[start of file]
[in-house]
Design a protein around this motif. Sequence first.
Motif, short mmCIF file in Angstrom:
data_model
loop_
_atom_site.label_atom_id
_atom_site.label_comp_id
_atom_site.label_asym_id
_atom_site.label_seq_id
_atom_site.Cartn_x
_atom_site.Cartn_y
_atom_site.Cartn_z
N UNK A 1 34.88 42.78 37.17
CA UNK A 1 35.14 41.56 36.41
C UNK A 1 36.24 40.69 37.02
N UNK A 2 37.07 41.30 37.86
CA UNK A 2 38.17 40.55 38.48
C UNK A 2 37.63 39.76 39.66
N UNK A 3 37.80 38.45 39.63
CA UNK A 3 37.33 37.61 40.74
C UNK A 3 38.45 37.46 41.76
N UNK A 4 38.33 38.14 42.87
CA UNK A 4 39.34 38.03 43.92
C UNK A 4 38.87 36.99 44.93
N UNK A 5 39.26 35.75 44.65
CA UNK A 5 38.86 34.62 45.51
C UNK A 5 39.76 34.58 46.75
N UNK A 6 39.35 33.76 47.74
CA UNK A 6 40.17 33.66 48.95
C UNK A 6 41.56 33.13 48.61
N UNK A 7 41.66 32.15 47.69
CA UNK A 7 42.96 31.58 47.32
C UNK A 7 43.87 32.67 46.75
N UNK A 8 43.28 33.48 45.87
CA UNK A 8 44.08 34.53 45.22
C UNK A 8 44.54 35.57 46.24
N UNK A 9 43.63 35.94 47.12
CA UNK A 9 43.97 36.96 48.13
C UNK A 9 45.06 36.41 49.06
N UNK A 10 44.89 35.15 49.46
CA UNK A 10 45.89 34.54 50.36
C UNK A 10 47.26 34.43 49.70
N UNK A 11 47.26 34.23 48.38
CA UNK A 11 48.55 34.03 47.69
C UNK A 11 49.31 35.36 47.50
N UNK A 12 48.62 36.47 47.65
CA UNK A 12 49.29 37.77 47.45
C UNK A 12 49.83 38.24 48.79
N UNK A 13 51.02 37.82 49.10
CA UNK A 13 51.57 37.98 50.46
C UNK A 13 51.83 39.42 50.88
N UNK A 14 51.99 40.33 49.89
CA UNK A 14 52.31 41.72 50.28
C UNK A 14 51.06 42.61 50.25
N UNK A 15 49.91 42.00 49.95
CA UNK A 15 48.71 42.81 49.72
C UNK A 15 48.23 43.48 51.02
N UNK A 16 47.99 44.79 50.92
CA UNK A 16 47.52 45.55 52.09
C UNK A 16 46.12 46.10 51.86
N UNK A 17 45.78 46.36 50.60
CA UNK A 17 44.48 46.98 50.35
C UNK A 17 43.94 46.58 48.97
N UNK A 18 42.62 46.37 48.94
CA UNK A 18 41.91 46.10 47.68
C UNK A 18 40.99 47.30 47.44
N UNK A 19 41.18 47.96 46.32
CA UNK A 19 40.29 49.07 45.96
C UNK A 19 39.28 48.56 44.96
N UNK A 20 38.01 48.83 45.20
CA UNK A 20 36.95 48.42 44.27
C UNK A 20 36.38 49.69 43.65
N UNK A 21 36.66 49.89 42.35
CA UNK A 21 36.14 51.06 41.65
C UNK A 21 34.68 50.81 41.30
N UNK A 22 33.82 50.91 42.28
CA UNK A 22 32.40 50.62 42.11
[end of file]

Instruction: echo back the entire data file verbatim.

[in-house]
Design a protein around this motif. Sequence first.
Motif, short mmCIF file in Angstrom:
data_model
loop_
_atom_site.label_atom_id
_atom_site.label_comp_id
_atom_site.label_asym_id
_atom_site.label_seq_id
_atom_site.Cartn_x
_atom_site.Cartn_y
_atom_site.Cartn_z
N UNK A 1 34.88 42.78 37.17
CA UNK A 1 35.14 41.56 36.41
C UNK A 1 36.24 40.69 37.02
N UNK A 2 37.07 41.30 37.86
CA UNK A 2 38.17 40.55 38.48
C UNK A 2 37.63 39.76 39.66
N UNK A 3 37.80 38.45 39.63
CA UNK A 3 37.33 37.61 40.74
C UNK A 3 38.45 37.46 41.76
N UNK A 4 38.33 38.14 42.87
CA UNK A 4 39.34 38.03 43.92
C UNK A 4 38.87 36.99 44.93
N UNK A 5 39.26 35.75 44.65
CA UNK A 5 38.86 34.62 45.51
C UNK A 5 39.76 34.58 46.75
N UNK A 6 39.35 33.76 47.74
CA UNK A 6 40.17 33.66 48.95
C UNK A 6 41.56 33.13 48.61
N UNK A 7 41.66 32.15 47.69
CA UNK A 7 42.96 31.58 47.32
C UNK A 7 43.87 32.67 46.75
N UNK A 8 43.28 33.48 45.87
CA UNK A 8 44.08 34.53 45.22
C UNK A 8 44.54 35.57 46.24
N UNK A 9 43.63 35.94 47.12
CA UNK A 9 43.97 36.96 48.13
C UNK A 9 45.06 36.41 49.06
N UNK A 10 44.89 35.15 49.46
CA UNK A 10 45.89 34.54 50.36
C UNK A 10 47.26 34.43 49.70
N UNK A 11 47.26 34.23 48.38
CA UNK A 11 48.55 34.03 47.69
C UNK A 11 49.31 35.36 47.50
N UNK A 12 48.62 36.47 47.65
CA UNK A 12 49.29 37.77 47.45
C UNK A 12 49.83 38.24 48.79
N UNK A 13 51.02 37.82 49.10
CA UNK A 13 51.57 37.98 50.46
C UNK A 13 51.83 39.42 50.88
N UNK A 14 51.99 40.33 49.89
CA UNK A 14 52.31 41.72 50.28
C UNK A 14 51.06 42.61 50.25
N UNK A 15 49.91 42.00 49.95
CA UNK A 15 48.71 42.81 49.72
C UNK A 15 48.23 43.48 51.02
N UNK A 16 47.99 44.79 50.92
CA UNK A 16 47.52 45.55 52.09
C UNK A 16 46.12 46.10 51.86
N UNK A 17 45.78 46.36 50.60
CA UNK A 17 44.48 46.98 50.35
C UNK A 17 43.94 46.58 48.97
N UNK A 18 42.62 46.37 48.94
CA UNK A 18 41.91 46.10 47.68
C UNK A 18 40.99 47.30 47.44
N UNK A 19 41.18 47.96 46.32
CA UNK A 19 40.29 49.07 45.96
C UNK A 19 39.28 48.56 44.96
N UNK A 20 38.01 48.83 45.20
CA UNK A 20 36.95 48.42 44.27
C UNK A 20 36.38 49.69 43.65
N UNK A 21 36.66 49.89 42.35
CA UNK A 21 36.14 51.06 41.65
C UNK A 21 34.68 50.81 41.30
N UNK A 22 33.82 50.91 42.28
CA UNK A 22 32.40 50.62 42.11